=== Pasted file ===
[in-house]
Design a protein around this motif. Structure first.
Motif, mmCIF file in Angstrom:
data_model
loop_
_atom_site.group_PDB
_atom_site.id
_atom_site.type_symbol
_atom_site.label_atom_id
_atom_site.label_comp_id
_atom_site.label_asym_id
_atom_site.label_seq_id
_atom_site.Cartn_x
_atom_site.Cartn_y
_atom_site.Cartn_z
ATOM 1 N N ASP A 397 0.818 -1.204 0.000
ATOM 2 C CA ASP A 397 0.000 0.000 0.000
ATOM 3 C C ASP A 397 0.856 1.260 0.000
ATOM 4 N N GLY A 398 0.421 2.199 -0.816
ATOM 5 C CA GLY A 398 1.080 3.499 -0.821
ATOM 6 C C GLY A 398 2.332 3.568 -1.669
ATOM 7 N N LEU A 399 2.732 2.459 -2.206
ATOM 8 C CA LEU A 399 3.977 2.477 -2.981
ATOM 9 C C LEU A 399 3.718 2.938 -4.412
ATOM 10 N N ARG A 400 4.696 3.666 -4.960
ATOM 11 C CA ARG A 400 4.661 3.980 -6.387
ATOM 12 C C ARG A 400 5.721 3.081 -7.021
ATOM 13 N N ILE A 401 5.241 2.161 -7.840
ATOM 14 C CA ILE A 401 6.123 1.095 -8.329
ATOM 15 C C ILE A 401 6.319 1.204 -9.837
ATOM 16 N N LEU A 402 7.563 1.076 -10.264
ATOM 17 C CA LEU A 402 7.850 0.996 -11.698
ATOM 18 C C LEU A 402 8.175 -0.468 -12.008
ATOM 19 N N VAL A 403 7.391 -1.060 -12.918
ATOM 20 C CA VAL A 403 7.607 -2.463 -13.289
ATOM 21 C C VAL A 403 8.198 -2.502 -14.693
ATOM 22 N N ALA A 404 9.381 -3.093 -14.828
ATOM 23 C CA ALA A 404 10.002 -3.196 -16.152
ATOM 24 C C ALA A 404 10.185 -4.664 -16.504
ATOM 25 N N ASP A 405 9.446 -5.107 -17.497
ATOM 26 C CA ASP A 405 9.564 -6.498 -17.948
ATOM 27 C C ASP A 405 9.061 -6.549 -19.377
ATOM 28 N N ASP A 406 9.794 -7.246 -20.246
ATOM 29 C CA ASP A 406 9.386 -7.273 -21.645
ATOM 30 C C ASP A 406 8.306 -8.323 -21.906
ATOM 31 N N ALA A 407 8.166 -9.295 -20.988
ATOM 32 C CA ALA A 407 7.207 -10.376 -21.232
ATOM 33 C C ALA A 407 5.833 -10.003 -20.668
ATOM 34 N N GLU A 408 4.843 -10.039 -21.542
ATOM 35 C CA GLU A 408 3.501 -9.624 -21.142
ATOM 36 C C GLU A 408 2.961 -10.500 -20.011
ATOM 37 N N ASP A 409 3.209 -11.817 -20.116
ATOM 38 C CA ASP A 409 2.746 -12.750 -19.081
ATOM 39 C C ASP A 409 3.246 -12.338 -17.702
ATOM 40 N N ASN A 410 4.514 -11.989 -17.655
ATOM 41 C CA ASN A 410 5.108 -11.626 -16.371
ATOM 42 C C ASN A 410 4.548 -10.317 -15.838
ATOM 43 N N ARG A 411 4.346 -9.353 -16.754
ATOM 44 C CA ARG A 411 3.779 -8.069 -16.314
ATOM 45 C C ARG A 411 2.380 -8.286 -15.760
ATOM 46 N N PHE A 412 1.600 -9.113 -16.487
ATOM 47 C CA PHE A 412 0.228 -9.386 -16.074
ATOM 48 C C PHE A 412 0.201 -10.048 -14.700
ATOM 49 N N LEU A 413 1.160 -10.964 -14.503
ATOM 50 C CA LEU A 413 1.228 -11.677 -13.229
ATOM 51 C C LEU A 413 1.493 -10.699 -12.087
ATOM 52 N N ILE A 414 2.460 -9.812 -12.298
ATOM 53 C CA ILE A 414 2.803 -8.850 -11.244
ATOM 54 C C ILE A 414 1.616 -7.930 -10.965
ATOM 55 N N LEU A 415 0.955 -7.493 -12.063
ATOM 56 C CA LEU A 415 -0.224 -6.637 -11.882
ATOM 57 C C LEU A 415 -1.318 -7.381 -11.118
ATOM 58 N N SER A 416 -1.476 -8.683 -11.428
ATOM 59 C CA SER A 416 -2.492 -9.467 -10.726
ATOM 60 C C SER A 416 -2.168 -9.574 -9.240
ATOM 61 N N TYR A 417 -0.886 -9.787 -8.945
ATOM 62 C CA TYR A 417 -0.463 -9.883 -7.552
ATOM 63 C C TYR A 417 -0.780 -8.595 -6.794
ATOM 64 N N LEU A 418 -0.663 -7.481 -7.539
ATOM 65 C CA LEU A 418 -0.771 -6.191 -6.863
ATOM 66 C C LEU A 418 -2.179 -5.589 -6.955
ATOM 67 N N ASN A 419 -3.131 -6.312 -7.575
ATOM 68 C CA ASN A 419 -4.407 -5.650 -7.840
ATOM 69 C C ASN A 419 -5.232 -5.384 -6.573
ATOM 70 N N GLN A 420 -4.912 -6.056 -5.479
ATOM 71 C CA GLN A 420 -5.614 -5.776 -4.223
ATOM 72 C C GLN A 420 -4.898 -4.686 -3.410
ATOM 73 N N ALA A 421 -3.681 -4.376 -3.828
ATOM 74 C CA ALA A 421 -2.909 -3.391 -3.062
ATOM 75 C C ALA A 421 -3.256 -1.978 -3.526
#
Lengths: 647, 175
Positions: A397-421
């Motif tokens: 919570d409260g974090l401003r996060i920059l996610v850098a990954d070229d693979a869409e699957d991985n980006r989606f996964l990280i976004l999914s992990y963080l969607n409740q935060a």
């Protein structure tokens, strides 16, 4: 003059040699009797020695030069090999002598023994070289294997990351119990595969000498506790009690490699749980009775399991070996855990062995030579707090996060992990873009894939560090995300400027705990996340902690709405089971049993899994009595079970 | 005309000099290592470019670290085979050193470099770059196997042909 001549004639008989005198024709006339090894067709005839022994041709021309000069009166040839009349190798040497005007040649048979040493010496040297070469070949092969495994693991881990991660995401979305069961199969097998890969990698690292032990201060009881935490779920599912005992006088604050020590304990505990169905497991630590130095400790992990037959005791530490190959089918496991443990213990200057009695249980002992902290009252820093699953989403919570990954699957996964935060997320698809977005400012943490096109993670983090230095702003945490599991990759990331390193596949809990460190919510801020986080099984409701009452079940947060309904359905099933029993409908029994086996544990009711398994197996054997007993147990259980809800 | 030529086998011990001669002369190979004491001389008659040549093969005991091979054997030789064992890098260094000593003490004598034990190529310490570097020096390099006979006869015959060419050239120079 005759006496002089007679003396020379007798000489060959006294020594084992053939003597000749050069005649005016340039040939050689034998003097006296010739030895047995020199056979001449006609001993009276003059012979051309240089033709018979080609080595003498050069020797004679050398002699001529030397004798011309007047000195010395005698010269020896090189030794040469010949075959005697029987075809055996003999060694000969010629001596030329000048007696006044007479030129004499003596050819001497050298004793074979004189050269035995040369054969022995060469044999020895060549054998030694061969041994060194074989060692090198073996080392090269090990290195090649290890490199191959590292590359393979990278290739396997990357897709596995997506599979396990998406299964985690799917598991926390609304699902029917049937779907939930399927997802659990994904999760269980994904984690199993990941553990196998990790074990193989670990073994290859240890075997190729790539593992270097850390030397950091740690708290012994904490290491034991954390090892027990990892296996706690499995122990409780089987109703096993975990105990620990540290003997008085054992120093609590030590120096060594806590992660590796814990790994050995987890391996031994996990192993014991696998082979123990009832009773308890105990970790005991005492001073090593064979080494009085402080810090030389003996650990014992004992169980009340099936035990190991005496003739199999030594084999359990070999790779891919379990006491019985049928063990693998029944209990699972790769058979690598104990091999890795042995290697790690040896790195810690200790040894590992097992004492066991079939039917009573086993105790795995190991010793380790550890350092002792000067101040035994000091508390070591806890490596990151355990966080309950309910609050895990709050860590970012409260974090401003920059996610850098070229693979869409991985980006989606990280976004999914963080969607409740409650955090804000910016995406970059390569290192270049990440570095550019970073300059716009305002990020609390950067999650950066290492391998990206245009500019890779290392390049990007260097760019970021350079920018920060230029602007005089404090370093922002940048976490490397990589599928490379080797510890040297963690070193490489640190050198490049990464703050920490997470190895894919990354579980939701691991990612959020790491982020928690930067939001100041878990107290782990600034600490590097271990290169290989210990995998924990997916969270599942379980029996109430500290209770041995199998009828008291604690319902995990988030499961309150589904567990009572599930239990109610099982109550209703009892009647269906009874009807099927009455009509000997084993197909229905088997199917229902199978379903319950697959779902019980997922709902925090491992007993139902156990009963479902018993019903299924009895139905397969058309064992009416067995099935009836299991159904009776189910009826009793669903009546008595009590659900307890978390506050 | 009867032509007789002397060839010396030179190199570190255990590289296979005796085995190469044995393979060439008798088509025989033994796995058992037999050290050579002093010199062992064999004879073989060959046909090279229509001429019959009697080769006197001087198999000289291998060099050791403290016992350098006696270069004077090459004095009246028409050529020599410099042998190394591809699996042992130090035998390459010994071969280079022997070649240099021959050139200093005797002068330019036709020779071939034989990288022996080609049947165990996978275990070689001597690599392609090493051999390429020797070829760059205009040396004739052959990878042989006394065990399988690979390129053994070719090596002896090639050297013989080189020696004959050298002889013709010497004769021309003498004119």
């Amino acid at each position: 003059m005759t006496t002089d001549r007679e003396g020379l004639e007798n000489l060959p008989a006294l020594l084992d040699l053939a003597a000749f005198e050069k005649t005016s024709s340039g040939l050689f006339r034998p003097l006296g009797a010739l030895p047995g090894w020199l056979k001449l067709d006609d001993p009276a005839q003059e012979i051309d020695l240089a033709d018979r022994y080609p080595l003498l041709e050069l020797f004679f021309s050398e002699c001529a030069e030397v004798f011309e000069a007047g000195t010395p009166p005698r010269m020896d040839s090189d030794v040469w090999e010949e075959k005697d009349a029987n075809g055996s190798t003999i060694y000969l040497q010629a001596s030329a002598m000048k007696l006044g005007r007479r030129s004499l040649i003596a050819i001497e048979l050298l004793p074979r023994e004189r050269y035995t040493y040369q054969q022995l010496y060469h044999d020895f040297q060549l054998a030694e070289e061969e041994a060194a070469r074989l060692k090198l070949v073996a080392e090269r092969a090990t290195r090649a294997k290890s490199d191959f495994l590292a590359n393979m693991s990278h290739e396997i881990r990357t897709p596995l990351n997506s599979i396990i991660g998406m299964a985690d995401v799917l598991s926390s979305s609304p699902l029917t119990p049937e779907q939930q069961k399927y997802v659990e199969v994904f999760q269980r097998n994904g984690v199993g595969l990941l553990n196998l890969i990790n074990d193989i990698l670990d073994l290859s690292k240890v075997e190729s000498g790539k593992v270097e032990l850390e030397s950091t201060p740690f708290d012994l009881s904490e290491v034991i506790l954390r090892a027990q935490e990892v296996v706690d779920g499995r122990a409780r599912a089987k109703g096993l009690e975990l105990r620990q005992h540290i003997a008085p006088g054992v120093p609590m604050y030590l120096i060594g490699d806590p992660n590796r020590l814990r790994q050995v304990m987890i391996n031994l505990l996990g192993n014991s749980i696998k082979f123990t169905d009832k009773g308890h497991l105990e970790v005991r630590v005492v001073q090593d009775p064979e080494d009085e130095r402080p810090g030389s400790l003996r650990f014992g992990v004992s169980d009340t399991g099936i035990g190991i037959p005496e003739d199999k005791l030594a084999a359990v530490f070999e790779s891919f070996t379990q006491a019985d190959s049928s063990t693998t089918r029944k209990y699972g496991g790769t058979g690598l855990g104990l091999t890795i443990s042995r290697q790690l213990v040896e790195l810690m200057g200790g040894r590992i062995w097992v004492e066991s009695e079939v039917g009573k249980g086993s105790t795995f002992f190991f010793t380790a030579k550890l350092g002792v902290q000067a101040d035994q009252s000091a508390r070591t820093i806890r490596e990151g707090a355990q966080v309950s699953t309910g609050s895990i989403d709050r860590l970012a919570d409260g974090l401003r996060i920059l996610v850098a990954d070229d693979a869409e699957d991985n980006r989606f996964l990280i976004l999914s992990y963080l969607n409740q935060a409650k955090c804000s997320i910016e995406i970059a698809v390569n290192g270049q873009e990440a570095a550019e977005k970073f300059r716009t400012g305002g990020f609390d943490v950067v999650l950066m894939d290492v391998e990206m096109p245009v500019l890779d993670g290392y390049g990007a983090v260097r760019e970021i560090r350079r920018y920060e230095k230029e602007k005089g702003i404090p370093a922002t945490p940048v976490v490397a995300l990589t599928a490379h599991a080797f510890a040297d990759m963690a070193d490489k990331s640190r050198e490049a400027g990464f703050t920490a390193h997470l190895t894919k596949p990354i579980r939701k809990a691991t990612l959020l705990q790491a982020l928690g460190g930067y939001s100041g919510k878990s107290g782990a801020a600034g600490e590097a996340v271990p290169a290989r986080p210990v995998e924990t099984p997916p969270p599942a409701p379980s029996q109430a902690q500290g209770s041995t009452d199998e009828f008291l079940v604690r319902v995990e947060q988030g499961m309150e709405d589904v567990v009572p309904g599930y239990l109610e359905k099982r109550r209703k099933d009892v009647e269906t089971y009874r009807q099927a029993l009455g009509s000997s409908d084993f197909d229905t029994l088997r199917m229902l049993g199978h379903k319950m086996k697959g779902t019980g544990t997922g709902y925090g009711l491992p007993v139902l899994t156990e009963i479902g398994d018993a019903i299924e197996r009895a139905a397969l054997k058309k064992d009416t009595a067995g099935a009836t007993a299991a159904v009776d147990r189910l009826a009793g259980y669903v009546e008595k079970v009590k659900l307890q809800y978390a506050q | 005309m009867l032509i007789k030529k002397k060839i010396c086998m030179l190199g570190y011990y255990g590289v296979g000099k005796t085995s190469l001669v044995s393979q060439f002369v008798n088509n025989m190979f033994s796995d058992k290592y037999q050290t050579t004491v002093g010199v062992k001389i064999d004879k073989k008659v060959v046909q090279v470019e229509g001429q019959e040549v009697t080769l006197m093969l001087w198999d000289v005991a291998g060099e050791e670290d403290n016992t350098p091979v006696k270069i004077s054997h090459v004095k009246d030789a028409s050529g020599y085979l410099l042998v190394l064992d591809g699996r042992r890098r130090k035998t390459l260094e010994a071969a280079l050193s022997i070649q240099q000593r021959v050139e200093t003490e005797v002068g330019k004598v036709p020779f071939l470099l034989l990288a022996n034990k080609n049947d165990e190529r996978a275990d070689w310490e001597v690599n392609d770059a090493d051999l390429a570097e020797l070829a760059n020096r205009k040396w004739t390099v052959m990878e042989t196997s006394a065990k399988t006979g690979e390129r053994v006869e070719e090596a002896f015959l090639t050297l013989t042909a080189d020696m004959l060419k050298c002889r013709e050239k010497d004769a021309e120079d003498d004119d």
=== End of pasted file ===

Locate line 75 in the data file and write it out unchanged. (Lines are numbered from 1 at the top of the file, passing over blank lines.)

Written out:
ATOM 60 C C SER A 416 -2.168 -9.574 -9.240